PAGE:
When a client comes to me complaining of low rankings, one of the first items I check is to see if their homepage or any other page is optimized for too many keyword phrases. The client may have tried to optimize the page themselves, had a friend do it, had an SEO do it that was working under outdated rules, or had an SEO do it who thought they could make it work through sheer force of will.

But, optimizing a web page for too many keyword phrases such as the website’s homepage is an exercise in dilution. For instance, if you try to optimize a web page for the keyword phrases green apples, yellow lemons, red cherries and purple grapes you could, at one time, rank well for all of these phrases. But, as time marches on, competition encroaches and more web pages are optimized for each of these singular keyword phrases, your fruit basket of a page will also drop in the rankings.

The solution is to set up a separate page for green apples, another for yellow lemons, etc. so that each page is well-defined and only optimized for one keyword phrase apiece. This will also making it easier to gain targeted back links to these pages with the appropriate keyword text.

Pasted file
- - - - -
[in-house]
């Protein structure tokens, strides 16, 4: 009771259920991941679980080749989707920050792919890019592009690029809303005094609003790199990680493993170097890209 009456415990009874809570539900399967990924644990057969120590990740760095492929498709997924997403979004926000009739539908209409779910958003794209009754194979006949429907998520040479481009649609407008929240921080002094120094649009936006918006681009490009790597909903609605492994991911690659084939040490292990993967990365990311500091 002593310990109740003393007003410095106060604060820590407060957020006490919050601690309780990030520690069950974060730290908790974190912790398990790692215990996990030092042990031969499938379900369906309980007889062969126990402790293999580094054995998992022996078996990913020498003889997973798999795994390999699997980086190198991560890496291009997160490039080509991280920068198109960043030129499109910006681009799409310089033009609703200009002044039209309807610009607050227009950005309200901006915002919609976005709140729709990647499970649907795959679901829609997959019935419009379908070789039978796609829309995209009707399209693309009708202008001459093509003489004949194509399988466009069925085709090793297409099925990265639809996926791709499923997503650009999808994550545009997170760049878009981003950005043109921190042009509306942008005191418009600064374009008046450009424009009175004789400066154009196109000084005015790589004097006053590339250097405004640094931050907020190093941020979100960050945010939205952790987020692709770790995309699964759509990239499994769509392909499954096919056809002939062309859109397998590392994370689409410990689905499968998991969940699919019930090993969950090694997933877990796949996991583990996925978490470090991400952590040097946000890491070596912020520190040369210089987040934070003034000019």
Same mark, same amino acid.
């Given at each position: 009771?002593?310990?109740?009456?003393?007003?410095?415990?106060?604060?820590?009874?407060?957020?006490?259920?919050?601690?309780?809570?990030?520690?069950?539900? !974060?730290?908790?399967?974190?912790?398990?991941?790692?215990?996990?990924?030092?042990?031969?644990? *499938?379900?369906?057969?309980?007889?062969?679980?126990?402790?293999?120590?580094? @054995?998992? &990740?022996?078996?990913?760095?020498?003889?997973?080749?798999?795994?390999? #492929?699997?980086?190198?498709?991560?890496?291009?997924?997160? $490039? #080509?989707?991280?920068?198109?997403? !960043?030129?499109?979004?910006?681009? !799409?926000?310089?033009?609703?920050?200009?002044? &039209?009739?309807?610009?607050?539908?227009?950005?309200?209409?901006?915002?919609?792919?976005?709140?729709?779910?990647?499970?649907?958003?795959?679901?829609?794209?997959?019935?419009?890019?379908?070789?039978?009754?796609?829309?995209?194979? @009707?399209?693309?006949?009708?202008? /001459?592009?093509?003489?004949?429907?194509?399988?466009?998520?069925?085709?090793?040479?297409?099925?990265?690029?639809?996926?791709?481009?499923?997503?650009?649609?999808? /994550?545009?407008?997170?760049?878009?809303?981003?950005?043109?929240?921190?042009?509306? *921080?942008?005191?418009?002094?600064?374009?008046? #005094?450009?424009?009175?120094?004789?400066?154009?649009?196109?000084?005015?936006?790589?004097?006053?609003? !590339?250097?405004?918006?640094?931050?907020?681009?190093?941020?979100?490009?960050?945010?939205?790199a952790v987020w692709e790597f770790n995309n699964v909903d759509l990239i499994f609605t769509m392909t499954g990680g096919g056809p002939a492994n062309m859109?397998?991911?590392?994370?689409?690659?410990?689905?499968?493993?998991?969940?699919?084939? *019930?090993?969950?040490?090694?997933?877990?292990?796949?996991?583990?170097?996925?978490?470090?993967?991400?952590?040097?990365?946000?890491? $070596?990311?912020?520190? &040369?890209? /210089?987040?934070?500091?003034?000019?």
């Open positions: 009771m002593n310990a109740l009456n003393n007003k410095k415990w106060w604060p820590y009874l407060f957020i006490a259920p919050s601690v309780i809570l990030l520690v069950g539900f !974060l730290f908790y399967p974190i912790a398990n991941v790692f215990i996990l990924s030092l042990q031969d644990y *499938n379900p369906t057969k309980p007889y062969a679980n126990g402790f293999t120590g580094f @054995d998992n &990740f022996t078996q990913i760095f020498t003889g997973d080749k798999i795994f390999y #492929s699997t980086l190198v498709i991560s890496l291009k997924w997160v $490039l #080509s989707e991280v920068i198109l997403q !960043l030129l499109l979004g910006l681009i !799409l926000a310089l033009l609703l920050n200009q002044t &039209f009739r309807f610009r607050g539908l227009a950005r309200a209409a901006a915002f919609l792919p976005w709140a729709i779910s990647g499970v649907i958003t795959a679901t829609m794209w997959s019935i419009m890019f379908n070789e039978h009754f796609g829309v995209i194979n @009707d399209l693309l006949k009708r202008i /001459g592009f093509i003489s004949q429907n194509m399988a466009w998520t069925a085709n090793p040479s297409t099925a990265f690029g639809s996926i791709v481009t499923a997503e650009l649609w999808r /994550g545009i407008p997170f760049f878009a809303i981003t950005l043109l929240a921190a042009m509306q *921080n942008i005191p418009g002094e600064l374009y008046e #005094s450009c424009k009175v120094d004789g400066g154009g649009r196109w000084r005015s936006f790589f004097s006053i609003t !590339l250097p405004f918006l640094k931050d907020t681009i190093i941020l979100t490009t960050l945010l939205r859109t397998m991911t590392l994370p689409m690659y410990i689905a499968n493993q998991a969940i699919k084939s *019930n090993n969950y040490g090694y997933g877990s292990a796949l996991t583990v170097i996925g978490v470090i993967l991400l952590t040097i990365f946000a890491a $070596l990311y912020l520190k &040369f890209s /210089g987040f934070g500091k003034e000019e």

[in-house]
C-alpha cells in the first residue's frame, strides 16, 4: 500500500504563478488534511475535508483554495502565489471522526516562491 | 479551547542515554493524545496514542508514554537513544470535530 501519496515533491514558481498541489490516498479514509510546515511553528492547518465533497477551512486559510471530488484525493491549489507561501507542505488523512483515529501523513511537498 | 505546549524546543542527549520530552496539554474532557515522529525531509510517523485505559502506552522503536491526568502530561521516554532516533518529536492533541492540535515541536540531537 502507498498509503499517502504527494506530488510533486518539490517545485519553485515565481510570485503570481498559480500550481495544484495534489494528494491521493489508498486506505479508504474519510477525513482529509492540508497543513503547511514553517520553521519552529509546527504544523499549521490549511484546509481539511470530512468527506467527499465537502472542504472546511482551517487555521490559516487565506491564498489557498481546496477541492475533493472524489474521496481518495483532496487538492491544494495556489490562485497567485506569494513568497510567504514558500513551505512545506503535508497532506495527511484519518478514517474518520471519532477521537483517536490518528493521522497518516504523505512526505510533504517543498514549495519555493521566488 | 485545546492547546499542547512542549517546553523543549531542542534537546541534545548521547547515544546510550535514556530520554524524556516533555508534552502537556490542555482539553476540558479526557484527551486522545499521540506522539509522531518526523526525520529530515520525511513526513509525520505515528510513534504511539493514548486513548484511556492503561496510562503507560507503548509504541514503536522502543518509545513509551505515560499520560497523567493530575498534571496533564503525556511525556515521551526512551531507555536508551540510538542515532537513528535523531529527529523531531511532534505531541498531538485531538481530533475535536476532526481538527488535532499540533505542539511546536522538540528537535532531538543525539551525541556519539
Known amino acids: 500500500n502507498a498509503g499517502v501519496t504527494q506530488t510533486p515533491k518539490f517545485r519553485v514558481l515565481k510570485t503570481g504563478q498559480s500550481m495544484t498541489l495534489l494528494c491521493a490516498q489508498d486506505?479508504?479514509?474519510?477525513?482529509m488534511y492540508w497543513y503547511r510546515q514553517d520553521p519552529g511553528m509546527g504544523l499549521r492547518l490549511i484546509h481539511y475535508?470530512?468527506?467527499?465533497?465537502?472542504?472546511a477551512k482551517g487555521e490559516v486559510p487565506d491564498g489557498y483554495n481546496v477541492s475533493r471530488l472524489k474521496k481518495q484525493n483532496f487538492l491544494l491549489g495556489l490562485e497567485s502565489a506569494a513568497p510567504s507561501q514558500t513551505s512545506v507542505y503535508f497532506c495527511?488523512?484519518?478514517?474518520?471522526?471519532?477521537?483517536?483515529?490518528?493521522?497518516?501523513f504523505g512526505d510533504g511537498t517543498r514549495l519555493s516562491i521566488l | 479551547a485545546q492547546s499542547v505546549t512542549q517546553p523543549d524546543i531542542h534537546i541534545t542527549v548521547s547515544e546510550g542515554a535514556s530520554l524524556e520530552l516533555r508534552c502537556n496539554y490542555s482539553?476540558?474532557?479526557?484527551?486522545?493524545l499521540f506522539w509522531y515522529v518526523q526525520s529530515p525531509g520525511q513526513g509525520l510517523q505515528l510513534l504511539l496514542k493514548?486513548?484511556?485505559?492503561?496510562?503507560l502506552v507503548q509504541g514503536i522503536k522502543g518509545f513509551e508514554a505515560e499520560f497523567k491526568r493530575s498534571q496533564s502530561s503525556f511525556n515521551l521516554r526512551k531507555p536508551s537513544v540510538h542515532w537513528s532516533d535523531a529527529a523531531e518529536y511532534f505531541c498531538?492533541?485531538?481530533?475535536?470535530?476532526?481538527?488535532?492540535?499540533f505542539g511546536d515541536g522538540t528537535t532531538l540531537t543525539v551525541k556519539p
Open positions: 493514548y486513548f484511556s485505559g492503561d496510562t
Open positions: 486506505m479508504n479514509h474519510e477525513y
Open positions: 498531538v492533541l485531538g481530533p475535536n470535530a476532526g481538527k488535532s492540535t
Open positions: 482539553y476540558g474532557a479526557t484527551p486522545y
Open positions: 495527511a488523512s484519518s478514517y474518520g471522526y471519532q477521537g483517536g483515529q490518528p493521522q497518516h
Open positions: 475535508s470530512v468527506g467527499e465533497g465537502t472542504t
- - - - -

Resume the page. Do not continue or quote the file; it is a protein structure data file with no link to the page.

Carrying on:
Some clients think that because their homepage is optimized for several variations of the same keyword phrase that this dilution does not occur. But, this is a mistaken assumption. A page needs to a have a certain keyword density, otherwise it is diluted. It also needs to have back links with that same specific keyword phrase in it, otherwise it, too is diluted.

The trick is to be as targeted as possible on a page with the same keyword phrase emphasized on that page and on the links pointing to this page. When these elements are in alignment then the rankings most often fall into place.

Jan 102008
 

Every day I get a dozen or so email offers for reciprocal link trades, which mostly offer me the short end of the stick. These emails are quickly deleted. But, there generally are a couple during the week that will pass the test of being truly reciprocal. So, I’m letting you know what I look for in a quality reciprocal link trade by telling you what to look out for first.